Bottom line: ACLS doesn’t work. Stop wasting time with IVs and drugs. And most importantly, can we please remove any kind of ACLS training from my hospital credentialing requirements?
Related: Less is also more for airway management in cardiac arrest
McMullan J et al. Airway management and out-of-hospital cardiac arrest outcome in the CARES registry. Resuscitation 2014, 85(5):617-622. PMID: 24561079
This is a retrospective registry review of 10,691 out of hospital cardiac arrests that demonstrated that patients that did not have advanced airways placed during the initial resuscitation were more likely to survive to hospital discharge with good neurological outcomes (OR 4.24 95% CI 3.26-5.20). The use of supraglottic airways was associated with worse outcomes than endotracheal intubation. Of course, these are just associations in a very complex scenario with multiple confounders.
Bottom line: Use good technique and provide slow ventilations with a bag valve mask, unless you believe there is a good reason to do something more advanced.
Patients don’t understand us
Shif Y et al. What CPR means to surrogate decision makers of ICU patients. Resuscitation 2015 (In print). PMID: 25711518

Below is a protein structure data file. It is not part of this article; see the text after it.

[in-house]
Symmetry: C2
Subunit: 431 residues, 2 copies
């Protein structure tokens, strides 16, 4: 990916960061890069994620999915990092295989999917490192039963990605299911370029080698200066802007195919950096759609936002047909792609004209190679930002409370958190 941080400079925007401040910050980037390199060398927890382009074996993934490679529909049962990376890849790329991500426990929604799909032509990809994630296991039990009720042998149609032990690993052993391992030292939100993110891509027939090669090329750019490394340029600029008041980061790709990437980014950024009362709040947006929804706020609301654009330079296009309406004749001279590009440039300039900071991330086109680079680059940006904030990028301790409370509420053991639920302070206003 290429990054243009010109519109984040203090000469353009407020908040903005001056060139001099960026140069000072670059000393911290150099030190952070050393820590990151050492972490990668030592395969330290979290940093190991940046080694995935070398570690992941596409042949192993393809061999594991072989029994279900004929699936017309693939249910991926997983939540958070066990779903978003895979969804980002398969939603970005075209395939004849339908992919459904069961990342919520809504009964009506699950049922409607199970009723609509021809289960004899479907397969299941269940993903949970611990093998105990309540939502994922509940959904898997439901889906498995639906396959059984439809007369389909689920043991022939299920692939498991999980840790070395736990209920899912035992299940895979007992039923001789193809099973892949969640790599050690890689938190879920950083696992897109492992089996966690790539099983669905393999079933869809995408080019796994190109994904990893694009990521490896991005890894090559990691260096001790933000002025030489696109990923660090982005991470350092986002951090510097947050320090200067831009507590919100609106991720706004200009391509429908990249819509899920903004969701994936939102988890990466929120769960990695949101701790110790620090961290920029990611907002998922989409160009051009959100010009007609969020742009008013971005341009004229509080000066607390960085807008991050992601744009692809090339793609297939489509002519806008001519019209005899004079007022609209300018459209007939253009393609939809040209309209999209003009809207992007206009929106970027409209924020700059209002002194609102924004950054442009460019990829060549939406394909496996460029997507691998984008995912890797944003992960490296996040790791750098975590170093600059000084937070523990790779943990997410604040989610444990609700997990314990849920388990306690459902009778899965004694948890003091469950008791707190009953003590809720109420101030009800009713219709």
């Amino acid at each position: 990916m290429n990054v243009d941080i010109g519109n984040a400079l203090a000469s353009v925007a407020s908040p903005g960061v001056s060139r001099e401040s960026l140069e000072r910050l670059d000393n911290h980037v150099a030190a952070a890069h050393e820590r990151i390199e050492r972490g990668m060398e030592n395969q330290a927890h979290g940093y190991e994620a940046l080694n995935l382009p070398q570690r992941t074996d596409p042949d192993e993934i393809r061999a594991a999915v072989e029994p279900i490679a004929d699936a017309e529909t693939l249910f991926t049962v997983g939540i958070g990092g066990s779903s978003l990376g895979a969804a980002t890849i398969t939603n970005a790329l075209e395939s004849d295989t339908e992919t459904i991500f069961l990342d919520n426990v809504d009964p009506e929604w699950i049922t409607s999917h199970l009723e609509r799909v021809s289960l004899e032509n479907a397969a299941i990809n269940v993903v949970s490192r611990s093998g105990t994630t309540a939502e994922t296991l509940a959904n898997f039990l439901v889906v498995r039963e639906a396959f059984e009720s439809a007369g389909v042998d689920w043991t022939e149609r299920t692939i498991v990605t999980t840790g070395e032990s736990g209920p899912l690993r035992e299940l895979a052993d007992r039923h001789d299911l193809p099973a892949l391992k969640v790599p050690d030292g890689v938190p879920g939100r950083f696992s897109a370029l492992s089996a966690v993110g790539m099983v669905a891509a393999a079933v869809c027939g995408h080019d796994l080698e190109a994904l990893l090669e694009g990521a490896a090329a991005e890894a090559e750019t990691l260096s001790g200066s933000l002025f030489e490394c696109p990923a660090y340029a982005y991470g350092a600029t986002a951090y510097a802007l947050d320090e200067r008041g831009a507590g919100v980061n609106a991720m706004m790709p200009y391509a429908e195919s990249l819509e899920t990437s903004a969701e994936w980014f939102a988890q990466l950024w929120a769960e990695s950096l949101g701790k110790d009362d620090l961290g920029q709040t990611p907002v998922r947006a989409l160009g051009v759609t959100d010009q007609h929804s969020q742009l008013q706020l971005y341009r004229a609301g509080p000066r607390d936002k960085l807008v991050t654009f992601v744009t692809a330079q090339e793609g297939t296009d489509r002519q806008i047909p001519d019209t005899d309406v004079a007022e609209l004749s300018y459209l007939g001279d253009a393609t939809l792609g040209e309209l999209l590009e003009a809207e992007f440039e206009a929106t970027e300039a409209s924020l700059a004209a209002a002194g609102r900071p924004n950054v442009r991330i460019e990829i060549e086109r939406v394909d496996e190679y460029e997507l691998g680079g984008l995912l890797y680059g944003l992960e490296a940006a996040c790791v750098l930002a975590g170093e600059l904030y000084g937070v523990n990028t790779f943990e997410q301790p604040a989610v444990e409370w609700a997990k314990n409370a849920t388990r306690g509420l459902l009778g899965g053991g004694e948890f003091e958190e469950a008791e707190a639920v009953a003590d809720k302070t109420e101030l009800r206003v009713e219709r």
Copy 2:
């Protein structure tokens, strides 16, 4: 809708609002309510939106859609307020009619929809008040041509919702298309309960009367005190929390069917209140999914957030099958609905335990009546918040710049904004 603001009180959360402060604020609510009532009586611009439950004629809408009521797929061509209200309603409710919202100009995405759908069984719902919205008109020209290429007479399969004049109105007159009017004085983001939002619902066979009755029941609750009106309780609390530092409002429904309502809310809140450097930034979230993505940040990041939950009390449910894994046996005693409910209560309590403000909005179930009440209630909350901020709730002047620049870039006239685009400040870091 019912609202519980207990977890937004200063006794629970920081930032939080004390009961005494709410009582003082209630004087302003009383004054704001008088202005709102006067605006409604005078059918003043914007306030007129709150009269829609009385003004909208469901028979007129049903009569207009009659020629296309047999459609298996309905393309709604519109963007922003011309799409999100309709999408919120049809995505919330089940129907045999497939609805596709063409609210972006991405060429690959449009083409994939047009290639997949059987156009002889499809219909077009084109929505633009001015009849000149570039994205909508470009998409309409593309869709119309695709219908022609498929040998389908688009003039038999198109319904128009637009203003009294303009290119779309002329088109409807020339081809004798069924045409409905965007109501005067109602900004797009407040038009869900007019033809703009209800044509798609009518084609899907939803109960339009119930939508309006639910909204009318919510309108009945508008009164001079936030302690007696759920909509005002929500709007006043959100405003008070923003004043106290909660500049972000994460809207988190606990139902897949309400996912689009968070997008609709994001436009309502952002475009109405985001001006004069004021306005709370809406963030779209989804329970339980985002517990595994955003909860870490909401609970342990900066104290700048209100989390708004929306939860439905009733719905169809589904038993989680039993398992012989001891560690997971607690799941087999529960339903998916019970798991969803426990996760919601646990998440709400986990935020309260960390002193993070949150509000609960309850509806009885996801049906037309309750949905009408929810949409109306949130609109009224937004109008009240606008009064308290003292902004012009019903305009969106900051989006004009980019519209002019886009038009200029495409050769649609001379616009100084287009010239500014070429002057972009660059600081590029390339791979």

This is qualitative research on communication and understanding of CPR by surrogate decision makers in the ICU. (I love this stuff, but probably mostly because my master’s was based in qualitative research and communication. Realistically, this study probably just states the obvious.) Less than half of surrogate decision makers identified cardiac arrest as the indication for CPR. Only 8% could identify the major components of CPR (although the technical details probably don’t matter that much.) Mostly importantly, 72% thought that the survival rate post CPR is greater than 75%.
Bottom line: It takes a lot of time, but we really do need to teach our patients about medicine.
Ketamine will not make your head explode (although, if my head did explode, I would probably be grateful to be in the K-hole)